He paused. What was that? The heavens growled, and fingers of sickly lightning crackled overhead. A new voice rumbled on the wind, chanting incantations in a forbidden and fell tongue. The Shaman! Ythil looked again at the mob of Gors chasing his kinsmen, and was blinded for a moment when a tongue of lightning touched the mutants. When he looked again he was not sure if his eyes were playing tricks on him, but the forms of the monsters momentarily changed, torsos elongating and falling into crouches, snouts lengthening with vicious canine teeth protruding. The vision receded as Ythil blinked, banishing the semi-blindness caused by the lightning, and then he gasped. The Gors were suddenly, magically, upon the fleeing Warhawk Riders!

In moments the savages hacked down the screeching birds of prey and their riders. What remained of Ythil’s own kinband were forced to flee the battlefield for their lives.

He had no time to call out to them, nor fly to their aid, when a fresh threat appeared over the crest of a butte at the northern end of the valley. There, titanic beasts twice as tall as even their Gor brethren strode across the grasses, great fans of horns spreading from their oxen heads. The Minotaurs bellowed their fury to the elves and then began their gallop down the hillside.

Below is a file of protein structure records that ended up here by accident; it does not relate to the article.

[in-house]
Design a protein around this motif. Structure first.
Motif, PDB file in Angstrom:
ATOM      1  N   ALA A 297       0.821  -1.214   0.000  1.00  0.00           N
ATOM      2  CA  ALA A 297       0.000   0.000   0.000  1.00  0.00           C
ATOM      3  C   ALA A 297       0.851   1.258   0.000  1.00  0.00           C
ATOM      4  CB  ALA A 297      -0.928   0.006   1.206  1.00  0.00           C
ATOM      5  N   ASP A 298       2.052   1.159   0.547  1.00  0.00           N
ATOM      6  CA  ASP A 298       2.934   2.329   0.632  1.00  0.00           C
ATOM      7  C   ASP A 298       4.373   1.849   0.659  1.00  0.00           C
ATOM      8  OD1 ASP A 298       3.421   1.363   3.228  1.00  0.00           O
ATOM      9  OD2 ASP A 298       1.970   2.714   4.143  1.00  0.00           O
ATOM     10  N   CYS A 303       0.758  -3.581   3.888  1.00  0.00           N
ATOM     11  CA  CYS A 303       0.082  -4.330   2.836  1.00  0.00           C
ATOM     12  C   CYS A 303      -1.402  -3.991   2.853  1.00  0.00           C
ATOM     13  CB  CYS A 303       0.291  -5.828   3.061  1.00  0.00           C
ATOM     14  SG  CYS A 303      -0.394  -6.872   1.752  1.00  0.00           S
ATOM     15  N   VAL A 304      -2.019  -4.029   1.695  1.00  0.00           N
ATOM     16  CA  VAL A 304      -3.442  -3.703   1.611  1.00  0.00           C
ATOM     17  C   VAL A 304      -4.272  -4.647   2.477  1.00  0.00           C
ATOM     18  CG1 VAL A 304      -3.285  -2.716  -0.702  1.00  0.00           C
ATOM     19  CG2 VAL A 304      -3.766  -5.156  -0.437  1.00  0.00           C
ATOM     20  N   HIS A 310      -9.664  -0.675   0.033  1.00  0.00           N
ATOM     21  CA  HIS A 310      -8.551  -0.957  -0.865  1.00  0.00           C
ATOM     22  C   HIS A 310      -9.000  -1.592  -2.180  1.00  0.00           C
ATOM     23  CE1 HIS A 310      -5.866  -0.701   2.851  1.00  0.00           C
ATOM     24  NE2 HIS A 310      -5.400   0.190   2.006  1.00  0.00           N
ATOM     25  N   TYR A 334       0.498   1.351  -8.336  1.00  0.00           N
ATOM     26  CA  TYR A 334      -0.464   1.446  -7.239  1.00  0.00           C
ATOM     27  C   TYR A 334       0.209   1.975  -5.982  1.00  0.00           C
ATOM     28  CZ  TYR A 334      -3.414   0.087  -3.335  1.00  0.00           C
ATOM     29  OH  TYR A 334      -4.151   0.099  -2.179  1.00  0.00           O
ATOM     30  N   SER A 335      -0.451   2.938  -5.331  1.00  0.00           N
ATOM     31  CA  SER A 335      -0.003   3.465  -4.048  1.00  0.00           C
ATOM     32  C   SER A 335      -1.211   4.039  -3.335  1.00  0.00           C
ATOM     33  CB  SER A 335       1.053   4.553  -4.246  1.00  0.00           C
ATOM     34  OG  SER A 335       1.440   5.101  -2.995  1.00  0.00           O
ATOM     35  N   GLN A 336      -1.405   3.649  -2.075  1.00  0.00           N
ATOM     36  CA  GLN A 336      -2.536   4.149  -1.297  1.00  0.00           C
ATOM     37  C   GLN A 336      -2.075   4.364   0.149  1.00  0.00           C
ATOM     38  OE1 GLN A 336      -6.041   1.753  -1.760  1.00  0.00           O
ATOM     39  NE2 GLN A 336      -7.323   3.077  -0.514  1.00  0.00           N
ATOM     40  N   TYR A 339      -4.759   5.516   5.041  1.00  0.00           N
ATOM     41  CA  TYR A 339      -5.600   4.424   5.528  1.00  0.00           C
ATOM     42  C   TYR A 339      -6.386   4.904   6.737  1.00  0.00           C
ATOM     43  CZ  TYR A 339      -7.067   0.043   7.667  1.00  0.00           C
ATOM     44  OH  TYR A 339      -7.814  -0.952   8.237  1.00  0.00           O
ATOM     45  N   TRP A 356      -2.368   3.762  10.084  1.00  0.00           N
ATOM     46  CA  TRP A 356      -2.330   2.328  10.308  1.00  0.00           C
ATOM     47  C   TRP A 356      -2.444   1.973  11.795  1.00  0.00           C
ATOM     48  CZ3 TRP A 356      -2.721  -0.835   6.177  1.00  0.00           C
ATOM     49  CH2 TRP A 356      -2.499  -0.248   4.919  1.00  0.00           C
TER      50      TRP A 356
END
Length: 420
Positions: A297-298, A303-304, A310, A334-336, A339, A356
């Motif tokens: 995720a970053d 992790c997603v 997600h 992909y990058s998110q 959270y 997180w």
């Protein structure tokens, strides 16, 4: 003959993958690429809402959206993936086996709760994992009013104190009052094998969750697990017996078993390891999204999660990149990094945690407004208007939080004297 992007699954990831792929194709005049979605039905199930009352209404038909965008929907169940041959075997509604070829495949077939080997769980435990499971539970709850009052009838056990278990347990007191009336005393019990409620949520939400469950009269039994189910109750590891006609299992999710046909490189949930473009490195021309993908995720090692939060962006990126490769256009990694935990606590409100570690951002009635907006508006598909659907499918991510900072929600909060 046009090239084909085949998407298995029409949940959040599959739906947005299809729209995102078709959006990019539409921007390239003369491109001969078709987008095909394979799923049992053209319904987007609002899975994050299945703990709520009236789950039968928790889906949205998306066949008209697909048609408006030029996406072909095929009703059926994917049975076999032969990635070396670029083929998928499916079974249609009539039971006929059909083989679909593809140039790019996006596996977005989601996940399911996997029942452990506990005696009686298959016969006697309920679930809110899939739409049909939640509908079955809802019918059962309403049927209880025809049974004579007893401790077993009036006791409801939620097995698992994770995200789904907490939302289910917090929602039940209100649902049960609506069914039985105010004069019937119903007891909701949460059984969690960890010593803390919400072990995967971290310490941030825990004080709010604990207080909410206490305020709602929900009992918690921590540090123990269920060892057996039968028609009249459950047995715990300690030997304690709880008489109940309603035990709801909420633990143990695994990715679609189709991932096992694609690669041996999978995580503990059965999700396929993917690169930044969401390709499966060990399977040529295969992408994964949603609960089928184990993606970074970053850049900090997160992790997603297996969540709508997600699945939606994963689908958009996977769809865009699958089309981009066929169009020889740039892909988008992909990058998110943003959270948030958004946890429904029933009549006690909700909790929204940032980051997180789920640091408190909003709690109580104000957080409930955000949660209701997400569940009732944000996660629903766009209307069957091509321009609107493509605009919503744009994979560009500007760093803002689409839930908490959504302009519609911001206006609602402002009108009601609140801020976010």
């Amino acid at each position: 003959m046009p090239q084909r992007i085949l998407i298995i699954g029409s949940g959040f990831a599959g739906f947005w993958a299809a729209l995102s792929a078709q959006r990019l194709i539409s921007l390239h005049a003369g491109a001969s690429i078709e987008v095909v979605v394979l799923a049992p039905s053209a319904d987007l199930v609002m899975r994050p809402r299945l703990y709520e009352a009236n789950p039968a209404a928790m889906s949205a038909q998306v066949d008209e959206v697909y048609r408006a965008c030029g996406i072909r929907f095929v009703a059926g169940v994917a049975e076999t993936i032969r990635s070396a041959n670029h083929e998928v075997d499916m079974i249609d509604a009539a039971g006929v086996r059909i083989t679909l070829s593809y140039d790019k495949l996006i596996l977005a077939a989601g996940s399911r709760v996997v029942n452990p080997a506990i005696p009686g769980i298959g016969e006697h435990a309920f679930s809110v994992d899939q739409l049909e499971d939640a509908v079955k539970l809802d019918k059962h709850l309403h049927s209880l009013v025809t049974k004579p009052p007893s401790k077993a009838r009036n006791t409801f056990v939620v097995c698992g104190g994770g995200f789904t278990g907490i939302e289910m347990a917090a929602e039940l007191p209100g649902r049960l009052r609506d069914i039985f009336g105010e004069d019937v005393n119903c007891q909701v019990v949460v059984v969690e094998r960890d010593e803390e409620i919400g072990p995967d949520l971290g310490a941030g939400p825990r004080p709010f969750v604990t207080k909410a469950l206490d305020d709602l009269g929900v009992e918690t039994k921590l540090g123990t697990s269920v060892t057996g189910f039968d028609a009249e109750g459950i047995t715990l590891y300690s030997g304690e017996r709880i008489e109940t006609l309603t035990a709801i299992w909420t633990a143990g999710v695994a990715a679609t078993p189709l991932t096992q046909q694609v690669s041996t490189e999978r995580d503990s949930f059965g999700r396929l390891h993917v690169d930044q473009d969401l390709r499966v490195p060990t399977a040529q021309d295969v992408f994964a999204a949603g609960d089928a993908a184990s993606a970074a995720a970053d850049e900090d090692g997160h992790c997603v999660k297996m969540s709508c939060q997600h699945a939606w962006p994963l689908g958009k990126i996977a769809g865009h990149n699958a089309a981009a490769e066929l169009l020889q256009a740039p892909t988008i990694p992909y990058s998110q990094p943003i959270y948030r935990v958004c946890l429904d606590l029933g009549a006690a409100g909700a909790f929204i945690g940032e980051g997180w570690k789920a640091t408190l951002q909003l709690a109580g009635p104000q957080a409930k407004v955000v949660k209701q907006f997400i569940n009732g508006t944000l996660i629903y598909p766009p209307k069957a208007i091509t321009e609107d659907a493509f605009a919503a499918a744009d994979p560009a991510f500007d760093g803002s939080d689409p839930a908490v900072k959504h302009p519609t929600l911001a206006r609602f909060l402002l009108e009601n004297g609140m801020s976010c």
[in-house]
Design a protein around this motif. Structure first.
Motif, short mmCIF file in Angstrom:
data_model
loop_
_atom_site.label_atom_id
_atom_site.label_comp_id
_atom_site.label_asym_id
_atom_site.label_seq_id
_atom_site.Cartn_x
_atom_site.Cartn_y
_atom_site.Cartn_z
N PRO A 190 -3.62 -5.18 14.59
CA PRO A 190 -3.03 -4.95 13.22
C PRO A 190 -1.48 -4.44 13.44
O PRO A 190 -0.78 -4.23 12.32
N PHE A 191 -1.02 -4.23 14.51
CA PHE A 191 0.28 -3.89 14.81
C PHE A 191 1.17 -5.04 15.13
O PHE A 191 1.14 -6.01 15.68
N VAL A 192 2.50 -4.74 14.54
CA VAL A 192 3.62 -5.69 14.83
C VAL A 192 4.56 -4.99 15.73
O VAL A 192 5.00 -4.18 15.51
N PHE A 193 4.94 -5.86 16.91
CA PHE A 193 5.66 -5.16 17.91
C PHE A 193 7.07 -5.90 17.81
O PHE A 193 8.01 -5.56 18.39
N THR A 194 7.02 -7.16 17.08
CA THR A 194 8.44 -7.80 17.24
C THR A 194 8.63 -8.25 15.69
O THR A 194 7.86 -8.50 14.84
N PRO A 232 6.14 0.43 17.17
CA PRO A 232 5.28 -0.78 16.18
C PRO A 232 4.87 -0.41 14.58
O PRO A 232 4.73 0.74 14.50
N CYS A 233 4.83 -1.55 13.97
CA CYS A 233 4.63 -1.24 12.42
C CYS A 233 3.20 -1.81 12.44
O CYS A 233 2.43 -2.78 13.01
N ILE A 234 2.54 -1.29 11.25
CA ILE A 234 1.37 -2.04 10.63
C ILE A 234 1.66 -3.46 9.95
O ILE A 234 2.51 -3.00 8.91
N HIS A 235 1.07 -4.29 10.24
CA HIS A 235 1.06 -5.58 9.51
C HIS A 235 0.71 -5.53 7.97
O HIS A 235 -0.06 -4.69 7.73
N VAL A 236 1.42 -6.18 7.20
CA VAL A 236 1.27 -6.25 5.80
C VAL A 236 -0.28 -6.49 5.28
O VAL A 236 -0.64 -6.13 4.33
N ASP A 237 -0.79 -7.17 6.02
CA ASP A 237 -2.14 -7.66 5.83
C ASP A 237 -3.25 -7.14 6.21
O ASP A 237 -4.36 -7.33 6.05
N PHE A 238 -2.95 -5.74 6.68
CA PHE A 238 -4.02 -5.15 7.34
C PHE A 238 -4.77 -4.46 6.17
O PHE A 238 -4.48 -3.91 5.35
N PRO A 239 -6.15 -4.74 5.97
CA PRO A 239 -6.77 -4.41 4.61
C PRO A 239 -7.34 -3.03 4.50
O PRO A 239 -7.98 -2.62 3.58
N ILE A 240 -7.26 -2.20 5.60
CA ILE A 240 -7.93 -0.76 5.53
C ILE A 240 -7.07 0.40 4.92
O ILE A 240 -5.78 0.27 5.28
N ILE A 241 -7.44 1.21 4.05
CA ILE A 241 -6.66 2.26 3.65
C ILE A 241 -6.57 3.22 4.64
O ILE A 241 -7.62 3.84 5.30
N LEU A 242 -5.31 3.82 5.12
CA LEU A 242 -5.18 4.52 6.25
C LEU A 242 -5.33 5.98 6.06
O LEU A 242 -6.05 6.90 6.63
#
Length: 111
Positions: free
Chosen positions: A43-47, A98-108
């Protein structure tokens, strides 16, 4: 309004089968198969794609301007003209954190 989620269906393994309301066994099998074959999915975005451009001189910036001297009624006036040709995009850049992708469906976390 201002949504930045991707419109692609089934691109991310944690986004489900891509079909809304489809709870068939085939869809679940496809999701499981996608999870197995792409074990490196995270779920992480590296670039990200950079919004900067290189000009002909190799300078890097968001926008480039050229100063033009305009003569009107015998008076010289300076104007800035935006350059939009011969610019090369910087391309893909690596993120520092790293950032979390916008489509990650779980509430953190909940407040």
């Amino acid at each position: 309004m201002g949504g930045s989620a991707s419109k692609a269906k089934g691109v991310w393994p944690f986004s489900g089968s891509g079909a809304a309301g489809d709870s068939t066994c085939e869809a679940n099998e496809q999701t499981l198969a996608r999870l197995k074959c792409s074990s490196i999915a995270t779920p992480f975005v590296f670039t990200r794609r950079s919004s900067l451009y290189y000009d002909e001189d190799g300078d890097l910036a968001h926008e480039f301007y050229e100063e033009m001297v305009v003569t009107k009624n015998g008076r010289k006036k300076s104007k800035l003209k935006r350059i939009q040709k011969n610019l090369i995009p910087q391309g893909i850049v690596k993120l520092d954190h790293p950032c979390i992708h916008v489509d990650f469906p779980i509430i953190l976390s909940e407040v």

* * *

THE SKIES CHURNED, patches of ethereal green haze filtering from the west to challenge the foul amber streaks of lightning in the blanket of grey. Ythil realised Keira would be wrestling with the magical weight of the Beastman Shaman. He hailed Stratos and urged the Great Eagle to arrest his flight. This battle was not yet over.

Glancing northwards again, he saw that the advance of the Minotaurs had stirred something in the broken ground at the foot of the hill they were descending. Spiky bushes of thorn swayed in the winds, before sprouting and growing higher. Before the elf’s bewildered eyes, the spiky plantlife coalesced into humanoid figures. At one moment, limbs of gnarled bark creaked into movement, the next svelte green-skinned maidens screamed at the mutated giants with antediluvian voices laced with forest magic.

‘It is Keira’s tree-kin!’ Ythil exclaimed, recognizing the beautiful yet terrible Dryads.

Meanwhile, the Beastmen stampede rumbled across the yellowgrass plains with ominous pace. Sprays of elven arrows splintered necks and punctured chests, the focus of the volleys a particularly well armoured cohort of dark-furred beasts at the very middle of the herd. Ythil scowled, seeing the ragged battle-banner of the beasts fluttering at the centre of this horde, its edges crawling with coils of feral magic.